Their first phone call after her ‘recovery’ had all the drama and tears of a Shakespearian tragedy. Buffy had been 15 years old the last time her mother had actually been able to talk to her. To Buffy, her mother had been dead for two full years. The chance to actually talk to each other, to discuss simple things like the weather and… well, the weather, was, to each of them, a source of more joy than winning a Power Ball lottery. After the hospital had notified her parents of her sudden awakening it would have taken armed troops to keep them away from her.

Their daily visits became the highlight of her new life. The best part of being in this world instead of back in Sunnydale was that her mom was still alive, and her parents were even still together. Because Buffy had been remanded to a psychiatric hospital by the judge when it became obvious to everyone that she was too mentally unbalanced to be tried in juvenile court over the attempted arson, her parents had only limited powers as well. But since she had been in the hospital far longer than she would have ever been incarcerated had she been convicted of the crime, the doctors were very leery about pushing the bounds of their authority too far outside of the limits Buffy set, particularly in the face of parental opposition. And Joyce Summers made it abundantly clear to all and sundry that she wasn’t just opposed to further testing on her daughter, but that it would happen over her stone cold corpse.

Joyce didn’t care why her daughter had suddenly awoken from her dream life. She didn’t care how many other, similarly afflicted patients her daughter might save if the doctors could figure out which chemical switch had abruptly shifted. She hadn’t seen her baby as a functioning human being in nearly six years and she wanted to make up for lost time. Nothing the girl might do to help other people could justify risking changes to her brain chemistry which might return her to her catatonic state. And if the doctors couldn’t understand it, Joyce was more than prepared to bring in some heavy-duty lawyers to explain the situation to them.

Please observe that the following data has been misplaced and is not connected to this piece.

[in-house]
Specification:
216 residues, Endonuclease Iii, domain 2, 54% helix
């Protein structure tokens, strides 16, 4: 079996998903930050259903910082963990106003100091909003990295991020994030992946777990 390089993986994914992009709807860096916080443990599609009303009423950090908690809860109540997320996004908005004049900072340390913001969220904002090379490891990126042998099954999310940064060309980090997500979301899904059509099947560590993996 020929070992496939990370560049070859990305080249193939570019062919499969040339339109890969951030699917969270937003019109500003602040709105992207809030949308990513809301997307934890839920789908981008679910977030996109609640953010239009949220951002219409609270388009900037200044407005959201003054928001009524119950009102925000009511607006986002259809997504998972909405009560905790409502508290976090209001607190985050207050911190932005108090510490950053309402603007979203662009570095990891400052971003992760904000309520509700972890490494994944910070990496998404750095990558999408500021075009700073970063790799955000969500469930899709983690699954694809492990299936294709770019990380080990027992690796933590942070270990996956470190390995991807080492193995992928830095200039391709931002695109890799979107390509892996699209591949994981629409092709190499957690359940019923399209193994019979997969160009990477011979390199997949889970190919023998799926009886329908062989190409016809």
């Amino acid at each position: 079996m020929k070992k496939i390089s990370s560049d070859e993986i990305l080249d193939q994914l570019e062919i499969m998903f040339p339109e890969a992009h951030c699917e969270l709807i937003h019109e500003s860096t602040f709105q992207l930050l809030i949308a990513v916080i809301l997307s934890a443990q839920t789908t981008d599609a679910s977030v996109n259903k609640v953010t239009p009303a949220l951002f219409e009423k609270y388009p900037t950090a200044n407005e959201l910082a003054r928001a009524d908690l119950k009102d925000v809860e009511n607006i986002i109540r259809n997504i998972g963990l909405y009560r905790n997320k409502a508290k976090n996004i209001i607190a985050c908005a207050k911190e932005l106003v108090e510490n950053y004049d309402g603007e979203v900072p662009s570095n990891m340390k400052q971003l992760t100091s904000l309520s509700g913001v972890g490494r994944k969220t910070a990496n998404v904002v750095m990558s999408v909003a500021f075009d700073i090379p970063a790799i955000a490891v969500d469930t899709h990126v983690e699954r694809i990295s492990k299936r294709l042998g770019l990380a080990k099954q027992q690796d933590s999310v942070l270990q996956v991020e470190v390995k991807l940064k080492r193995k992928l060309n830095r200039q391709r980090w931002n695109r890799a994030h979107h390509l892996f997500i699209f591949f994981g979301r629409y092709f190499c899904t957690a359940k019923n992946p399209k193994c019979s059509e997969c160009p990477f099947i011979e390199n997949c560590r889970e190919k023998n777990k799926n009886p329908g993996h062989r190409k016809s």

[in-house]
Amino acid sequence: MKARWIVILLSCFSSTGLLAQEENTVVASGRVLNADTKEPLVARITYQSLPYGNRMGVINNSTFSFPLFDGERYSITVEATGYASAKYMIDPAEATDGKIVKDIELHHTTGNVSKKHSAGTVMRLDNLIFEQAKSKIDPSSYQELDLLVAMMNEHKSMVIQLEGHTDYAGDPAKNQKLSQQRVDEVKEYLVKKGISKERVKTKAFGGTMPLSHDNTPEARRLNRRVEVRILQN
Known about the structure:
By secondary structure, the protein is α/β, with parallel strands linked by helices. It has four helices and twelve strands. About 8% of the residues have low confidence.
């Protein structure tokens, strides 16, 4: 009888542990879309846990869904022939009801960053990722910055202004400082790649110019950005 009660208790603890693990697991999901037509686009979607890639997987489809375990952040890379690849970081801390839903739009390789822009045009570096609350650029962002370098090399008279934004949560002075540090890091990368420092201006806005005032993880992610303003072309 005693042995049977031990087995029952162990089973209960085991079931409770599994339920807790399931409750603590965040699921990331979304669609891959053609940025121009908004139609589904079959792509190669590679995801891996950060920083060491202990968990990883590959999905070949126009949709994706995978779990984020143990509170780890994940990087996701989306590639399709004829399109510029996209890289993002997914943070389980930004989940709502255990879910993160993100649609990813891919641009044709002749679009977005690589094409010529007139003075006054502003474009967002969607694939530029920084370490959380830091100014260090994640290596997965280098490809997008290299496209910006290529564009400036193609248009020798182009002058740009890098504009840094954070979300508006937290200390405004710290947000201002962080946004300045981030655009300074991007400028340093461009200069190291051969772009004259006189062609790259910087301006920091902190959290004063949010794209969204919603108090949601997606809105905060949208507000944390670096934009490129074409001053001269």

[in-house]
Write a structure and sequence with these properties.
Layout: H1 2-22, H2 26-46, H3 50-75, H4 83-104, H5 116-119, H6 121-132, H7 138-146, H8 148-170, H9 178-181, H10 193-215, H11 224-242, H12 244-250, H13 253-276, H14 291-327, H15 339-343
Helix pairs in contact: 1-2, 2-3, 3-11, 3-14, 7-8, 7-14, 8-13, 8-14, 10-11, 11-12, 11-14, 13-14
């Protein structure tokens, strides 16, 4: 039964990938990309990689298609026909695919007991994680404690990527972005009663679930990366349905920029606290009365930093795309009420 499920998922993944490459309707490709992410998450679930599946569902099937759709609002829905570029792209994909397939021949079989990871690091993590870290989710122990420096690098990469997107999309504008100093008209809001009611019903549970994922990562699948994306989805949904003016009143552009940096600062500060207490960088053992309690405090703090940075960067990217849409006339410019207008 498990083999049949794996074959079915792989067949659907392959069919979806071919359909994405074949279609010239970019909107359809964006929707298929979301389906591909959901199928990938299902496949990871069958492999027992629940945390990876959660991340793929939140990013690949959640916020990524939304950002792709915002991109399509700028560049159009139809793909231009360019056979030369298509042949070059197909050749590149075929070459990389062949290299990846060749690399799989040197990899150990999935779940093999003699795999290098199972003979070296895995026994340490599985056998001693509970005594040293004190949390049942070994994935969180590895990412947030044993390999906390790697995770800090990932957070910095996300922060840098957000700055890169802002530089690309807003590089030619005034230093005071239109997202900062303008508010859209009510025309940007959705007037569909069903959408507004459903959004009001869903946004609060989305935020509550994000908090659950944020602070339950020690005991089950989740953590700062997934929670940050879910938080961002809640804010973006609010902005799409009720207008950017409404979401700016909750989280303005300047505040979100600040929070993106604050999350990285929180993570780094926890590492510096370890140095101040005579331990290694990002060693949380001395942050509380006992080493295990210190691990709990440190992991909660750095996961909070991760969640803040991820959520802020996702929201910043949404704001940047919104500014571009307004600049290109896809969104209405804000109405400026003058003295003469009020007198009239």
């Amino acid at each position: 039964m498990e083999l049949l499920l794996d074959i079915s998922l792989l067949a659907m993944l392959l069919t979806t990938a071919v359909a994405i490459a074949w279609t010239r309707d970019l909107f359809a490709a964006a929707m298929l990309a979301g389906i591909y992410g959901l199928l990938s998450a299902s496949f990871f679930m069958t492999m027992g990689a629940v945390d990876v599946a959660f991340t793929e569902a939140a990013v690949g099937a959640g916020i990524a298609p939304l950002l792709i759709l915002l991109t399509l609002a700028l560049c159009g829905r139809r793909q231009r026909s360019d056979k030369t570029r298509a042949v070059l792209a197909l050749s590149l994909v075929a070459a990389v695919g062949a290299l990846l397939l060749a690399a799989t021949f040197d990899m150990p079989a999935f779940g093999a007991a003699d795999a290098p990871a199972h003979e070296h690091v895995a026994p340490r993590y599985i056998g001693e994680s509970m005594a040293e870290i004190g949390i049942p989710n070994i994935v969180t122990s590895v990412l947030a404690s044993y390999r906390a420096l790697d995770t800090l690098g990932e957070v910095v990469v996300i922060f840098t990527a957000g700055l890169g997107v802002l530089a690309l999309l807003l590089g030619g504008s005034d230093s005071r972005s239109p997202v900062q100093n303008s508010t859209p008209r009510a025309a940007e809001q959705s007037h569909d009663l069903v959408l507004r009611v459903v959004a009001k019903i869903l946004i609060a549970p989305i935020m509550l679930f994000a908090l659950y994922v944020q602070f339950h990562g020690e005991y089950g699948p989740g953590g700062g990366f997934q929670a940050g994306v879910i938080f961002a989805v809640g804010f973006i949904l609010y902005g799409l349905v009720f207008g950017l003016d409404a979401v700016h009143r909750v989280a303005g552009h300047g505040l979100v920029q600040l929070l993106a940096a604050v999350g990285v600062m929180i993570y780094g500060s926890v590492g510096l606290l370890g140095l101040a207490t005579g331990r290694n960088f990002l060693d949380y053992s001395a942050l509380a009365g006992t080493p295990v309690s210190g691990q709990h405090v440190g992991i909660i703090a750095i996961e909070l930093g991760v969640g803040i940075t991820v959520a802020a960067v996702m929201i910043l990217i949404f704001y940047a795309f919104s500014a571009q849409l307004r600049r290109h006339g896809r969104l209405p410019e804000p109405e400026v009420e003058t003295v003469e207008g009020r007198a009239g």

To Joyce’s surprise, although the threat of litigation intimidated the staff doctors, it didn’t overly frighten the hospital hierarchy. The cultural and legalistic situation had changed radically since her daughter had been incarcerated. Had she tried to burn down a gym filled with students in today’s world she would likely be charged with terrorism and sent to Guantanamo Bay, regardless of her mental state. The problem was that her attending physician wasn’t overly committed to proceeding with the series of tests being recommended by the panel overseeing her treatment and progress. Legally that panel had final say over her treatment. But if anything went wrong, and the physician of record hadn’t endorsed the treatment plan, the parents would be able to sue the hospital. For a lot. And Dr. Vartan had his own reasons for not wanting to face a court of inquiry into some of his treatment methods.